If you've never been to a regatta before, you might have some questions about what to expect. Here are some tips for first time regatta attendees.
Where to go: Directions to each regatta can be found here.
When to go: If the regatta schedule is available ahead of time we will post it to the website or send it out as an email attachment Thursday evening or Friday morning so you can plan your day. Your rower will probably find out his/her race schedule on the Friday so ask them when they will race and in what boat. Once you get an idea of the schedule, you need to get to the race area finish line in time to see the race. For regattas on the Occoquan, remember that there is a one mile walk required from the Sandy Run parking areas to the finish line via wooded trails. We suggest you leave home at least one hour before the race start time to give yourself enough time to drive there, park and then walk to the finish line area. For championship regattas (Ted Phoenix and VSRC/States) allow 2-3 hours. You may be parking in a satellite parking area with free shuttle bus service to the regatta headquarters.
What to wear: Dress very casually! A warm jacket, boots/shoes good for walking on hilly dirt paths that often turn to mud, and of course your official Viking Crew hat especially on sunny days. It is sometimes 10 degrees cooler down at the river than at your house. Rowers' uniforms are determined by their coaches but normally they all compete in the same Woodbridge outfit.
Regatta costs: At Sandy Run regattas, you have to pay $15 to park. This goes to the Park Authority and VASRA, not the teams. Everyone is required to pay the parking fee, even volunteers. Also, there is a shuttle van to take you out and back to spectator site. Each way in the van is $2 per person.
What to bring: If you want to sit down during the events you can walk the trail or take the van to the finish line area where you will find a concrete bleachers area. Bring a soft cushion or stadium seat. Many Woodbridge Crew parents congregate on the point just to the east of the bleachers about 300 yards from the finish line. There is no seating on that point so bring a lightweight folding chair. Binoculars help you see the action as the races come down the racecourse. Sunscreen is always recommended (even when it is cold) due to the reflected rays off the water. Bring water or you can always buy some food at the snack bar they have at the finish line (soda, water, hot dogs, burgers, etc). Each week a special T-shirt will be available for that particular regatta. A copy of the regatta schedule is available for purchase at the snack bar stands.
Where to park: For those events happening on the Occoquan, park at the end of the access road to Sandy Run Park in one of the parking lots. There will be traffic guides in the road to direct you and to take your $10 parking fee. Everyone is required to pay the fee, even those performing volunteer jobs.
Regatta operations: 100-150 volunteers are required to run regattas every week. The only paid staff on regatta days are the police and on-site athletic trainers. Parents of rowers (one per family) are required to sign up for one regatta support position each spring. See our volunteering point of contact get more info.
What you'll see: A lot of kids having fun rowing surrounded by a lot of people having fun watching. Regattas typically run 5-10 hours, depending on how many boats are entered.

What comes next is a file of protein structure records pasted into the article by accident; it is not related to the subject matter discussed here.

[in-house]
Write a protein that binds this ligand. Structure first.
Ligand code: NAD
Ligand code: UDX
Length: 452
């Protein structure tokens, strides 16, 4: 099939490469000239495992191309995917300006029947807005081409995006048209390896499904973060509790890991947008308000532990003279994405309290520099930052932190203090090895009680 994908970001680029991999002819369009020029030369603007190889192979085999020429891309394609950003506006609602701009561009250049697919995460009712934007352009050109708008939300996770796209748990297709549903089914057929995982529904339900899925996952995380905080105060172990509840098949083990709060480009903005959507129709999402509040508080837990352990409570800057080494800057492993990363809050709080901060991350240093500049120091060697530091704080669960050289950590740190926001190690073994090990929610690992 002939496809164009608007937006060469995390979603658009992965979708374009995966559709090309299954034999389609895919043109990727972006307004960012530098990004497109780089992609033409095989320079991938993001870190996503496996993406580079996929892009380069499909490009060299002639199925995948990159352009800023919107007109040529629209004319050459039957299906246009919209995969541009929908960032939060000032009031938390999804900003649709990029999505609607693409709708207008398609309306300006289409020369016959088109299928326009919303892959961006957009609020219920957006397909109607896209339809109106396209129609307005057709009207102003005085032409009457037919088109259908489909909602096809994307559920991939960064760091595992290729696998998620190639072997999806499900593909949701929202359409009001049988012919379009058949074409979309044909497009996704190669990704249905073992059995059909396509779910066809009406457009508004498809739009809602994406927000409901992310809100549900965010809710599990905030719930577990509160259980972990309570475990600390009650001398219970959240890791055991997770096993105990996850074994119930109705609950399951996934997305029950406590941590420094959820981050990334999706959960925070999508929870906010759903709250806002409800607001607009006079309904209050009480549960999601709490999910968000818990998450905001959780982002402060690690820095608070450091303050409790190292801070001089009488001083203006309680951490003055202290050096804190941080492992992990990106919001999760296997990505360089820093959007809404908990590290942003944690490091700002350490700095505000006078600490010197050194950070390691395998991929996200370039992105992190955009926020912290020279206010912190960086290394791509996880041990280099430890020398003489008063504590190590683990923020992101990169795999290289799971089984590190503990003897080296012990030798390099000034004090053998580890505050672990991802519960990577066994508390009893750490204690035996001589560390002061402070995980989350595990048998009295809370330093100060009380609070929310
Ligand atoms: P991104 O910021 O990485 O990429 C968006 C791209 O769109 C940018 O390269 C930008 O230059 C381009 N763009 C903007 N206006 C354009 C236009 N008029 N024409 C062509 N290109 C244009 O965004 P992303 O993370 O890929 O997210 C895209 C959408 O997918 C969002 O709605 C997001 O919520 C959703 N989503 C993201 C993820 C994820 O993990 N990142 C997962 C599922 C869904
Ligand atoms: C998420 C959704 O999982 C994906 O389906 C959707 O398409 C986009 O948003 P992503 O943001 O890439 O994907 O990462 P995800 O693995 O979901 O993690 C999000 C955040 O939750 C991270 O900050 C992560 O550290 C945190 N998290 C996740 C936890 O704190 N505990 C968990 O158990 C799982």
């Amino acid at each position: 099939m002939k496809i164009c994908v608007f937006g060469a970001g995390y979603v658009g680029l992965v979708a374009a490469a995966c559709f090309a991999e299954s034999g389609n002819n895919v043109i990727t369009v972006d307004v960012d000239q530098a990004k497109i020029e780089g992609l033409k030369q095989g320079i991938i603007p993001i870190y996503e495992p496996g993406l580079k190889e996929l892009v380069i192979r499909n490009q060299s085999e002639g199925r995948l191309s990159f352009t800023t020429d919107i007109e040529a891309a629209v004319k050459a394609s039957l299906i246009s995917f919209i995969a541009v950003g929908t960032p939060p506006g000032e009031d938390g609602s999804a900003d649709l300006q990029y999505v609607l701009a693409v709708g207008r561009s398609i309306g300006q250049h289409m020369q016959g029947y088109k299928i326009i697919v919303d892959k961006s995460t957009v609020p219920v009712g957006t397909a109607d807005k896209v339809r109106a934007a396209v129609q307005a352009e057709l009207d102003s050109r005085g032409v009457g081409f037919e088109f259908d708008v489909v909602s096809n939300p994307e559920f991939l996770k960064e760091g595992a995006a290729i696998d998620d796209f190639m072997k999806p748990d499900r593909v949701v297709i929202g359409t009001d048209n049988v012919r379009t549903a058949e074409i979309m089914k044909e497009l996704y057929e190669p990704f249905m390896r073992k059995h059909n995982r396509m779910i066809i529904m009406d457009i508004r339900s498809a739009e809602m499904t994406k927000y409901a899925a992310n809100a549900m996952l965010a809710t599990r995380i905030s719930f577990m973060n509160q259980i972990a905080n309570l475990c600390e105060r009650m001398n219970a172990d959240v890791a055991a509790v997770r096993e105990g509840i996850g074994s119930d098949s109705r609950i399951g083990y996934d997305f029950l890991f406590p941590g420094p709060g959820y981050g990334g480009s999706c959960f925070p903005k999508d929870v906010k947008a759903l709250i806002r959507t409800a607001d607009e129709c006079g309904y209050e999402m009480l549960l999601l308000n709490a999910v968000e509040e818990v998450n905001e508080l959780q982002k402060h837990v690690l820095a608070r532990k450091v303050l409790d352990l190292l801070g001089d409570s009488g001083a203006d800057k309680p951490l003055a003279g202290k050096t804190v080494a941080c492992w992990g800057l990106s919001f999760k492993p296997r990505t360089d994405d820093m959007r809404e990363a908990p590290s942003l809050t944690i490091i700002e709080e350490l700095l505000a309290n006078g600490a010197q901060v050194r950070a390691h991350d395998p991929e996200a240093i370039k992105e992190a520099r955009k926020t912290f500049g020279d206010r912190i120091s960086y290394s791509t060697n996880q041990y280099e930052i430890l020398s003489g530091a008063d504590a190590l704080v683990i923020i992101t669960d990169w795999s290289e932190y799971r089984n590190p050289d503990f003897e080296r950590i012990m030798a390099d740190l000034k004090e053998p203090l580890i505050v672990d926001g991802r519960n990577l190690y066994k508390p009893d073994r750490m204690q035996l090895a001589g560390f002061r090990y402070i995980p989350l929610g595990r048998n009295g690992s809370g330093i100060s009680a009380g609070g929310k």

A regatta safety checklist
- Tips for surviving a regatta
- In order to remain warm, you must remain dry
- It is always about 10 degrees colder near the water
- It is just as important to stay hydrated in the cold as in the heat so drink liquids.
- Recommended clothing for spectators:
- Multiple layers are better than one layer, even in warm weather
- Good, warm, comfortable, waterproof walking shoes or boots. The dirt paths at Sandy Run will turn muddy when the crowds arrive so don't wear your best, white sneakers!
- Rain gear
- Hats with visors
- Additional recommendations for volunteers and participants:
- A complete change of clothing
- A dry towel
- If your assigned volunteer duties place you on the water, do not wear red or orange clothing/hats
- Recommended gear for spectators:
- Sun glasses
- Sun screen
- Stadium seat
- Pocket hand warmers
- Lip balm
- Insect repellant
- Important facts for parents and athletes to keep in mind:
- Keep allergy medication with you at all times
- Wear a medical alert!
- Please let your coaches know if your student has allergies or other health concerns
- Athletes should carry whatever medications they may need even during the race.
- All regattas have volunteer EMT squads on site. They are there for your benefit. They, like everyone else involved in the regatta, are donating their time. Please let them know how much you appreciate their contributions. Please note that several laws govern what the EMT can and cannot do in the event of a medical emergency. The EMTs provide us with two levels of response: basic life support and advanced life support. In the event that advanced life support is activated, they are legally required to evacuate the victims to the hospital to be further attended to by a physician. Generally, in addition to a serious accident, any situation that would require an EMT to administer medication, other than oxygen, is considered advanced life support. If you or your student receives minor first aid from someone other than the EMT during the course of the regatta, please stop by and have the EMTs review your incident at your earliest convenience.